“The goal was to get established at those two schools before expanding,” she said.
According to the Big Brothers Big Sisters of Puget Sound Web site: “By matching children with adult mentors in one-to-one relationships, we transform the life of a child (a Little), transform the life of an adult (a Big) and together transform our schools, our neighborhoods and our communities for the better.”
The organization serves 2,600 children annually in King, Pierce, Kitsap, Jefferson and Clallam counties.
Puget Sound region
It recently held an auction called “The Big Event” that raised $590,000 of a $600,000 goal “for kids in the Puget Sound region.”
Erin McCallum, board chairwoman of the Big Brothers-Big Sisters of Puget Sound said that organization is not running at a deficit, but declined to provide annual budget figures.
“We are operating in the black, but the situation is uncomfortable for the board of directors, so we had to make some cuts,” she said.
She said there have been $1 million in cuts this year, including programs, staff and not making matches.
“It was a very difficult decision,” she said. “We have chosen to suspend operations because our revenue for 2009 did not meet the budget projections.”
McCallum said the hope is that communities affected will be able to work with the organization to come up with funding.
“The long-term goal is for the community organizations to be self-sustaining,” she said.
Programs have also been curtailed in King and Pierce counties.
Bill James, chairman of the Jefferson Partnership Council, which oversees the Jefferson and Clallam program, said the local branch was not able to raise enough funds to be self-sustaining.
“We’ve been raising money and finding adult volunteers, but it just wasn’t sustainable at the level of community support,” he said. “I hate to leave the kids hanging.”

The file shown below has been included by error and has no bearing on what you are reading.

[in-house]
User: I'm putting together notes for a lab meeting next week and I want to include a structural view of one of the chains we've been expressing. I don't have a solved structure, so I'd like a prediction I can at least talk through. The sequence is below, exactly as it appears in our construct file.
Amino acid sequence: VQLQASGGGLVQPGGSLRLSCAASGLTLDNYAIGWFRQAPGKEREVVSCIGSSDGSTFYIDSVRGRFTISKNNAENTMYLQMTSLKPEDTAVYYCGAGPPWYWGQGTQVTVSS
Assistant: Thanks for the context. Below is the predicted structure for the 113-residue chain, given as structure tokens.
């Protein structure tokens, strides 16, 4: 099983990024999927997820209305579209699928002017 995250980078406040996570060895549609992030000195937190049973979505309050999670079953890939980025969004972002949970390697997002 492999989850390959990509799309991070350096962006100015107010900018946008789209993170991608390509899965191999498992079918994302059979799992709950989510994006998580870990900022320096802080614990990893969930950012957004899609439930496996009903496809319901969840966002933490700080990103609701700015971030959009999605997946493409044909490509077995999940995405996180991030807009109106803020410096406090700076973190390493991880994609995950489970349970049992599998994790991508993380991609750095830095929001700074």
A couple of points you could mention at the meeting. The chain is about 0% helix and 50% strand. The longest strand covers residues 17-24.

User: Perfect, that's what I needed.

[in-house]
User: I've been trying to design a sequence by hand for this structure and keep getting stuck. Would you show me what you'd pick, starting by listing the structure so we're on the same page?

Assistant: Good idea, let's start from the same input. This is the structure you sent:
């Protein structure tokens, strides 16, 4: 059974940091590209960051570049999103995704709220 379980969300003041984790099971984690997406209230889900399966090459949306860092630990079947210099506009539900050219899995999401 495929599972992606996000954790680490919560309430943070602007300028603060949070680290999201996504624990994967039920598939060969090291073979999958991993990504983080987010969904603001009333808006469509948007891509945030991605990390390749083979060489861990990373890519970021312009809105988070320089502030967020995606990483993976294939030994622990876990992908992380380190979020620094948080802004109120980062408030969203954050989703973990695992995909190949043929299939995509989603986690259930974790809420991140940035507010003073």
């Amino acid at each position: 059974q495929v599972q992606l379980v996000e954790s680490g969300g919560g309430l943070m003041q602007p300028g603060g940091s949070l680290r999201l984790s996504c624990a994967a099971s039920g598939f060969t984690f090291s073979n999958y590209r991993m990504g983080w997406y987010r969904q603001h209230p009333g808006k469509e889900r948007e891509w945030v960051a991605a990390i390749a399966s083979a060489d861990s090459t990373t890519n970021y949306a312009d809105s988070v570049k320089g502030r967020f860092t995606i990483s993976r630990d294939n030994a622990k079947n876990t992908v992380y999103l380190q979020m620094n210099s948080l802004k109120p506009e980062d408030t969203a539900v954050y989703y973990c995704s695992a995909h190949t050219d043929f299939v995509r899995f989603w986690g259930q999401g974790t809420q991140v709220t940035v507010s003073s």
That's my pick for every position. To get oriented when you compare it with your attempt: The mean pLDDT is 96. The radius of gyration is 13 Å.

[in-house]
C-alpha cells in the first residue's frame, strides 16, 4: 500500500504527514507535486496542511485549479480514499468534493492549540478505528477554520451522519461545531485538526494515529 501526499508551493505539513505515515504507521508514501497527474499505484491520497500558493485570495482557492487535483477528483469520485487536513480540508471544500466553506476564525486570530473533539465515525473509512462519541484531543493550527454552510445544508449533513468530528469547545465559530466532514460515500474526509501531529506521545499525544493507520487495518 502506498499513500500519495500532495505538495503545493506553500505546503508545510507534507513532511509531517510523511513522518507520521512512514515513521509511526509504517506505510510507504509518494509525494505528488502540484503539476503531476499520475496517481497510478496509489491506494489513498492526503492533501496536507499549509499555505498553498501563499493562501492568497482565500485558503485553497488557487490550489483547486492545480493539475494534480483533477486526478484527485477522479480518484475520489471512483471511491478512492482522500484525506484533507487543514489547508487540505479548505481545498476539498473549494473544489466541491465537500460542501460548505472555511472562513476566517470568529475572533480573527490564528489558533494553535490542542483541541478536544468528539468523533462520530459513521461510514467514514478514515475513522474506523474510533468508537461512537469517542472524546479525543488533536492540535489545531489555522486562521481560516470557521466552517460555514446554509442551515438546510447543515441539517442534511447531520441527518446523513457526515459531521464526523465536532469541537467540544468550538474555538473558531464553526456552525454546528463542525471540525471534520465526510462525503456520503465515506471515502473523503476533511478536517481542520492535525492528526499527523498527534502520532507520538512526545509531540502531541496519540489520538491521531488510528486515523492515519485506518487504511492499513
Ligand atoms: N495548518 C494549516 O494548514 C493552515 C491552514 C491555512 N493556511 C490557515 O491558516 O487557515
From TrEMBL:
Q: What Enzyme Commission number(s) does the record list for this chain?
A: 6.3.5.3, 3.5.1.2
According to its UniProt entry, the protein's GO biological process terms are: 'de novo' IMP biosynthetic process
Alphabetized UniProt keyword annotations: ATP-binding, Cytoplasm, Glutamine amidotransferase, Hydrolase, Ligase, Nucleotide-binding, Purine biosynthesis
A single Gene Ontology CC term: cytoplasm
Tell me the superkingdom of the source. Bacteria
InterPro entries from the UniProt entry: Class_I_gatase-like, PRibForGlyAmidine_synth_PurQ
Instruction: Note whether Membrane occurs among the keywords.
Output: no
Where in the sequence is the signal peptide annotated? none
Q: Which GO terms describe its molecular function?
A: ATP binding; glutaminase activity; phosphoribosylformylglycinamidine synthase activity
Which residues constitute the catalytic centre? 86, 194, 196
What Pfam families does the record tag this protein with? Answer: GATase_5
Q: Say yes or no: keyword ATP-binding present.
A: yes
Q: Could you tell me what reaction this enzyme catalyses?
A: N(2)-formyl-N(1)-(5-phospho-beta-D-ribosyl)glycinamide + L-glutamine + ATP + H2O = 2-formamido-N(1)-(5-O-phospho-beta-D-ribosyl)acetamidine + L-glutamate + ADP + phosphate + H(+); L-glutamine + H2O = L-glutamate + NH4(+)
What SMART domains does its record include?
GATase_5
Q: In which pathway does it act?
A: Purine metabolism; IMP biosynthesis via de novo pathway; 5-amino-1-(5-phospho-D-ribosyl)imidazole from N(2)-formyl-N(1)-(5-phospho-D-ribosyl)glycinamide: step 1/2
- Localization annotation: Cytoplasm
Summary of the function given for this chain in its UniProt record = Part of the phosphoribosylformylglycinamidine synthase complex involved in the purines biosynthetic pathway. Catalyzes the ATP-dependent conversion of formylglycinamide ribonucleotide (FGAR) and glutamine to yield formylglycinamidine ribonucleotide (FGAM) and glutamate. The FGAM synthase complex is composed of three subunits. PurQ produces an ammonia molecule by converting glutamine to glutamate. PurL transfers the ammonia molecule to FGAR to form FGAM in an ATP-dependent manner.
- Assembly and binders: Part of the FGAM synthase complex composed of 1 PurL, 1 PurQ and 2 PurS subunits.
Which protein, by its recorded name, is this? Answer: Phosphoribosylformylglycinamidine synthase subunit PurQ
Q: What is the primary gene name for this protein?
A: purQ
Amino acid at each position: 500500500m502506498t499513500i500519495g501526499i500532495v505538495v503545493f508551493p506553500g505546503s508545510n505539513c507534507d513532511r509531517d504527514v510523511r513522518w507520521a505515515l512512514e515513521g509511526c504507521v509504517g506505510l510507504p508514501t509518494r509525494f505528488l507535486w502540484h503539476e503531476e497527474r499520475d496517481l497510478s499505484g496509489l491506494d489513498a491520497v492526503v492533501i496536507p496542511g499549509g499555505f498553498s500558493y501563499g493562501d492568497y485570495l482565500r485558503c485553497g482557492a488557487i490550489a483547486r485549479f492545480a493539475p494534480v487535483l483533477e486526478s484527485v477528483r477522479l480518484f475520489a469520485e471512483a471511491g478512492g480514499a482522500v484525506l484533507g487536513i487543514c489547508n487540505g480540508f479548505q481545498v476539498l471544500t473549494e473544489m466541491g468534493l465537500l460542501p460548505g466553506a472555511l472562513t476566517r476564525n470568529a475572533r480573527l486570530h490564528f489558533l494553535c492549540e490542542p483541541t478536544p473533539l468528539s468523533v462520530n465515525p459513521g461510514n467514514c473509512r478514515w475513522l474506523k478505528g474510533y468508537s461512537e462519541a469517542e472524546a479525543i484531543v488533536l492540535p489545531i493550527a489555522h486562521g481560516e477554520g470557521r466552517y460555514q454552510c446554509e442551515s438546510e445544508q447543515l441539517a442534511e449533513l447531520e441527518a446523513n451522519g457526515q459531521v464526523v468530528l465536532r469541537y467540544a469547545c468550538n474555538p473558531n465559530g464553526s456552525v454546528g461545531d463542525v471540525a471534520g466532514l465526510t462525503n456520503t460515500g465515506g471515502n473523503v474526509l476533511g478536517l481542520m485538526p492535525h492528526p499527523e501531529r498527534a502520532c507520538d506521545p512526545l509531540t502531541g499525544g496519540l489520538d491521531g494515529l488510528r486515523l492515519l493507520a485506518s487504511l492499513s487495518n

If the program had any chance to continue, “we have to become leaner and more aggressive in how we market ourselves to the community,” he said.
‘Bigs’ feel loss
For James it’s a personal loss, as he has been a “Big” for a year and a half.
“This program is a win-win situation for the kids and the Bigs,” he said.
The match between Morrissey and Zac is a community-based match, although Morrissey has had school-based matches.
When he and Zac meet up, their schedule is flexible.
“There’s always ice cream — it’s an important part of our relationship,” he said.
Last summer the pair sailed on the training sailing ship, the Adventuress, based in Port Townsend.
Zac enjoyed it so much that Morrissey was able to secure a scholarship for him to attend a five-day trip to the San Juans aboard the ship.
Morrissey said the impact on the community of the loss of the program is hard to judge, but it will have an impact on the “Littles.”
“These kids will have a little bit less in their lives,” he said. “It’s one more rejection for them.”
Slabaugh said the branch office is exploring other options to keep some form of mentoring alive in the communities.
“We would love for all of the relationships to continue,” she said.
________Features Editor Marcie Miller can be reached at 360-417-3550 or email@example.com